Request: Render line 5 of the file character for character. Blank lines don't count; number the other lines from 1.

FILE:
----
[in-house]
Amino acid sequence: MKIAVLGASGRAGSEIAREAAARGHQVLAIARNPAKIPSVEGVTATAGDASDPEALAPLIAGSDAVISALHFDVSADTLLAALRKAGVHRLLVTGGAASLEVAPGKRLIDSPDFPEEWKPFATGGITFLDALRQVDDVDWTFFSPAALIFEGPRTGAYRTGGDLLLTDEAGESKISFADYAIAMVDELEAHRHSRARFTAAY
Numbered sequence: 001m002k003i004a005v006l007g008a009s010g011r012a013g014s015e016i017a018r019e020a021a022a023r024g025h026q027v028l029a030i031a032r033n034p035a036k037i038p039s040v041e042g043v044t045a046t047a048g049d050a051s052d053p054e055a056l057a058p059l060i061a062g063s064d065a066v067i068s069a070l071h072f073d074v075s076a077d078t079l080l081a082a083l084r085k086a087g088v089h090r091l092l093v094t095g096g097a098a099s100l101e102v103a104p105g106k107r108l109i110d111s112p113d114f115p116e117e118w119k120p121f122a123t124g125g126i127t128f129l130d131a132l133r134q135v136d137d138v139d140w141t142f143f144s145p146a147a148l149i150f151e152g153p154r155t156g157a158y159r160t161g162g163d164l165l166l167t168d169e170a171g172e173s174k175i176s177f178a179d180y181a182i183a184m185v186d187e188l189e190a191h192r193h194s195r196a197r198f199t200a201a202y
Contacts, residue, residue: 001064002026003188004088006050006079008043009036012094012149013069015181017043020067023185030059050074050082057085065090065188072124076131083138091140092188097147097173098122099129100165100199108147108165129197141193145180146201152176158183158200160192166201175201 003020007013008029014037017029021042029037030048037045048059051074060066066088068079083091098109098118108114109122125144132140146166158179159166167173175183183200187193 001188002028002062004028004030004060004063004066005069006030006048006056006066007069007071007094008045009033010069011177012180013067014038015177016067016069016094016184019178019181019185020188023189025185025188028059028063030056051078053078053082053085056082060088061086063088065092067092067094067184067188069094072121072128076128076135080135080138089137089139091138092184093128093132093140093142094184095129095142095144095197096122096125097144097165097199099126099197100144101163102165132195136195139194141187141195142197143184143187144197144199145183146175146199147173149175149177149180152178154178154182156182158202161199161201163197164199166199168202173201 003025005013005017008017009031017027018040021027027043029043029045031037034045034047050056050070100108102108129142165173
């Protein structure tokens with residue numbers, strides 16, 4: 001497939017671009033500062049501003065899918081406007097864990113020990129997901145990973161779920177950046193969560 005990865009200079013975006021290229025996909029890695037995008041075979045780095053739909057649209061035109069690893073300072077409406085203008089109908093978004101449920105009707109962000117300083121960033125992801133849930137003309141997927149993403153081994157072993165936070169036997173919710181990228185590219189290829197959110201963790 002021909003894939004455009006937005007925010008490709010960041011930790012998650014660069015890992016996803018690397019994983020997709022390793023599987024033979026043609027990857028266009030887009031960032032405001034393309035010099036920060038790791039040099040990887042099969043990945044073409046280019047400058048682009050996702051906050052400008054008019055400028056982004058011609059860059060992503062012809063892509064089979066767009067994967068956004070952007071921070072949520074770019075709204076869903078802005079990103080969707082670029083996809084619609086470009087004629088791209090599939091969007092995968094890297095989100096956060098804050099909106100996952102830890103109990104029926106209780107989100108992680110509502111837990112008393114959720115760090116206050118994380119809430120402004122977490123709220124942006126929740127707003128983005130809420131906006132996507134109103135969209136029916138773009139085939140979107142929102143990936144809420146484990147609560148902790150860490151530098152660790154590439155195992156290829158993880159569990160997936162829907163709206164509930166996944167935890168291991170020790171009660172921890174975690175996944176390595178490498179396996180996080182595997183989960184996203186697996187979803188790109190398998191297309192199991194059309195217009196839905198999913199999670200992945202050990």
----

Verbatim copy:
């Protein structure tokens with residue numbers, strides 16, 4: 001497939017671009033500062049501003065899918081406007097864990113020990129997901145990973161779920177950046193969560 005990865009200079013975006021290229025996909029890695037995008041075979045780095053739909057649209061035109069690893073300072077409406085203008089109908093978004101449920105009707109962000117300083121960033125992801133849930137003309141997927149993403153081994157072993165936070169036997173919710181990228185590219189290829197959110201963790 002021909003894939004455009006937005007925010008490709010960041011930790012998650014660069015890992016996803018690397019994983020997709022390793023599987024033979026043609027990857028266009030887009031960032032405001034393309035010099036920060038790791039040099040990887042099969043990945044073409046280019047400058048682009050996702051906050052400008054008019055400028056982004058011609059860059060992503062012809063892509064089979066767009067994967068956004070952007071921070072949520074770019075709204076869903078802005079990103080969707082670029083996809084619609086470009087004629088791209090599939091969007092995968094890297095989100096956060098804050099909106100996952102830890103109990104029926106209780107989100108992680110509502111837990112008393114959720115760090116206050118994380119809430120402004122977490123709220124942006126929740127707003128983005130809420131906006132996507134109103135969209136029916138773009139085939140979107142929102143990936144809420146484990147609560148902790150860490151530098152660790154590439155195992156290829158993880159569990160997936162829907163709206164509930166996944167935890168291991170020790171009660172921890174975690175996944176390595178490498179396996180996080182595997183989960184996203186697996187979803188790109190398998191297309192199991194059309195217009196839905198999913199999670200992945202050990």